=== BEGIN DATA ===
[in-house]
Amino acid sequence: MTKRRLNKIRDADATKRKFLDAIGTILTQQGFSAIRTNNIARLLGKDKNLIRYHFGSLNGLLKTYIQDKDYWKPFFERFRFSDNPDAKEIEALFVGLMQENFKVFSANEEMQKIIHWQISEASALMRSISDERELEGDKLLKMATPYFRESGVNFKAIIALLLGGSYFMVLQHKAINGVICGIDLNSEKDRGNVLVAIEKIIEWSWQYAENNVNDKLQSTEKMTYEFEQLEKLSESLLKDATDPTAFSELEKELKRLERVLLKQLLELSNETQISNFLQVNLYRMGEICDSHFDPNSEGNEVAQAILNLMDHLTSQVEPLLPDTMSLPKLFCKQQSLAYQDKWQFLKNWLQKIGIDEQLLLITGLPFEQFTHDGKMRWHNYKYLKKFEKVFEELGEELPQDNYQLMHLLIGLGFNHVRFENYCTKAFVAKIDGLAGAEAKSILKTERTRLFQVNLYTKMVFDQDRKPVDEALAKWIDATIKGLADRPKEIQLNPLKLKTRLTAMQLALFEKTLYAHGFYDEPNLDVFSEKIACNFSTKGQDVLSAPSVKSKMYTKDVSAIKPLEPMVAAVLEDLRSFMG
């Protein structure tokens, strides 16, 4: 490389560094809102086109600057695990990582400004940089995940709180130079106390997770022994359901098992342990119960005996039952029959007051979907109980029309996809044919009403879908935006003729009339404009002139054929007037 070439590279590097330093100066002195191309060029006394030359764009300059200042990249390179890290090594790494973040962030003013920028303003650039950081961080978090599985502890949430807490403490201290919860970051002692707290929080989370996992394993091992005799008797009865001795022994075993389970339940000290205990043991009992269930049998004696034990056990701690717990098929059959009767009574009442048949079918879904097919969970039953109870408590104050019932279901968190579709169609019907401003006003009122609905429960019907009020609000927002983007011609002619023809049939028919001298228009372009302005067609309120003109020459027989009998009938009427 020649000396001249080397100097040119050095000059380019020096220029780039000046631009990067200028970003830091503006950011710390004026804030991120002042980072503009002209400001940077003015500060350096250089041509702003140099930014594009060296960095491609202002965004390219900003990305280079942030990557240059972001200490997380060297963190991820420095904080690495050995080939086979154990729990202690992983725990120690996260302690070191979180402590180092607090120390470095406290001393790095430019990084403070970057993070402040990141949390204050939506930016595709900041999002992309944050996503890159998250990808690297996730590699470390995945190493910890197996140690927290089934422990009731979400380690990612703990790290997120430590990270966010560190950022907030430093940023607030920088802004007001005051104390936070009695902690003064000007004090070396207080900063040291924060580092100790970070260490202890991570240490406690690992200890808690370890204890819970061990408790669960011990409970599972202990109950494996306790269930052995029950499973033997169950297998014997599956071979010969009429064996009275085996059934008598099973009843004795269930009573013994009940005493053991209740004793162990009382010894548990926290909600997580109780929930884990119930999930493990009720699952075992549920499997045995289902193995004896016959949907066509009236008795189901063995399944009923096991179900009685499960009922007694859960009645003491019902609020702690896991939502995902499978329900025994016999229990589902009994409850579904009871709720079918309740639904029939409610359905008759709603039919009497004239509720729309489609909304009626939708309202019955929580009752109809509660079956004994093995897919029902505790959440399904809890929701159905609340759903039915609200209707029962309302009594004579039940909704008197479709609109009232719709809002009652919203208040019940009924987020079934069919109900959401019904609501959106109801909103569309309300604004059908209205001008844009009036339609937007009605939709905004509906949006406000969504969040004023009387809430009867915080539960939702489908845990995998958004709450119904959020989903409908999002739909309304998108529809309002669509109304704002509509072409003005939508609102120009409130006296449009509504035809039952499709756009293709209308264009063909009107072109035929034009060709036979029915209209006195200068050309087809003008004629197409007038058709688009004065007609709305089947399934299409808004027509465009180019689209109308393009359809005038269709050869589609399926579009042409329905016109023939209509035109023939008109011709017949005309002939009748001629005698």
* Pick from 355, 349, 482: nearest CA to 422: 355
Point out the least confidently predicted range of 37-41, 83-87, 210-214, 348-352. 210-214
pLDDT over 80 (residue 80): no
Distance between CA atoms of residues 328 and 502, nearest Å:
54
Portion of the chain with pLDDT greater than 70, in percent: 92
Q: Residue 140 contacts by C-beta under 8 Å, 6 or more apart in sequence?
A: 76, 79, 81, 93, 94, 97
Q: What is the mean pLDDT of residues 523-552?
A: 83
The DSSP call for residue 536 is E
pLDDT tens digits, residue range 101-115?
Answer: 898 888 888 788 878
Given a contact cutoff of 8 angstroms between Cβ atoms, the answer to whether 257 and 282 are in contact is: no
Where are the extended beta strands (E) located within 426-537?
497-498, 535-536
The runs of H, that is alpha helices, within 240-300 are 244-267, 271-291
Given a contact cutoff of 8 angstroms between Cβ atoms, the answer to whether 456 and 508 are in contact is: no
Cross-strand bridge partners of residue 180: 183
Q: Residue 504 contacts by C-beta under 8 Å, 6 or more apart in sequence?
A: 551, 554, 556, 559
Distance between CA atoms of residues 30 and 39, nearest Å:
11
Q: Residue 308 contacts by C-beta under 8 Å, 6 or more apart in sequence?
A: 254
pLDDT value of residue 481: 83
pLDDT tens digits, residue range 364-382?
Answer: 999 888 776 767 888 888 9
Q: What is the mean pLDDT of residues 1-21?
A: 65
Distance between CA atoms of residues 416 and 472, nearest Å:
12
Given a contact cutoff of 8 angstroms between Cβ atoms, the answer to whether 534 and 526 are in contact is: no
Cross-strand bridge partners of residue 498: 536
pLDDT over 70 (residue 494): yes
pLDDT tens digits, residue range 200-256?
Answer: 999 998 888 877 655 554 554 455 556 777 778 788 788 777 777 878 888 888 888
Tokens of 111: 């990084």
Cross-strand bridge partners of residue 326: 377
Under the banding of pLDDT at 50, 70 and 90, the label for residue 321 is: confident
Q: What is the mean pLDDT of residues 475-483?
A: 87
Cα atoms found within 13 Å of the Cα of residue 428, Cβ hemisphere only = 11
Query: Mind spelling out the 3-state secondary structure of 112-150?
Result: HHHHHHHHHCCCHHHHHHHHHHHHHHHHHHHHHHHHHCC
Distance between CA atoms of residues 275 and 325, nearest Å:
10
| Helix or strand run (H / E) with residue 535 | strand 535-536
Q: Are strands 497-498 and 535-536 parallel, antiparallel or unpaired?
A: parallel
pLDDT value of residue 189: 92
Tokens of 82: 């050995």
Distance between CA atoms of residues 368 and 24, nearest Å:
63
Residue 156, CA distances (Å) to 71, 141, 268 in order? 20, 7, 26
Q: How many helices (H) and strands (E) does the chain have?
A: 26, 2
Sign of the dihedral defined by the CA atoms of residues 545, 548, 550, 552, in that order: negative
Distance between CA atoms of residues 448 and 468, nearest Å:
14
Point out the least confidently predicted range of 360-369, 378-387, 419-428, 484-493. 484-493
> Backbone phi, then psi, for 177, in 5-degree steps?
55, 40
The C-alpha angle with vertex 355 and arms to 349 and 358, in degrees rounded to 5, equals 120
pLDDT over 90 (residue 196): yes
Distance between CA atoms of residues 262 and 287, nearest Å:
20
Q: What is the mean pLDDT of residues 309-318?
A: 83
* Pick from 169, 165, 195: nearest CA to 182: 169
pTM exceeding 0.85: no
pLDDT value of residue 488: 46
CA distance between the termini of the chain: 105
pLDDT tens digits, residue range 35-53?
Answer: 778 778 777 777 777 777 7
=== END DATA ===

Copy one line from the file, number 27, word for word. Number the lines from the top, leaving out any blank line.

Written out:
Q: Residue 308 contacts by C-beta under 8 Å, 6 or more apart in sequence?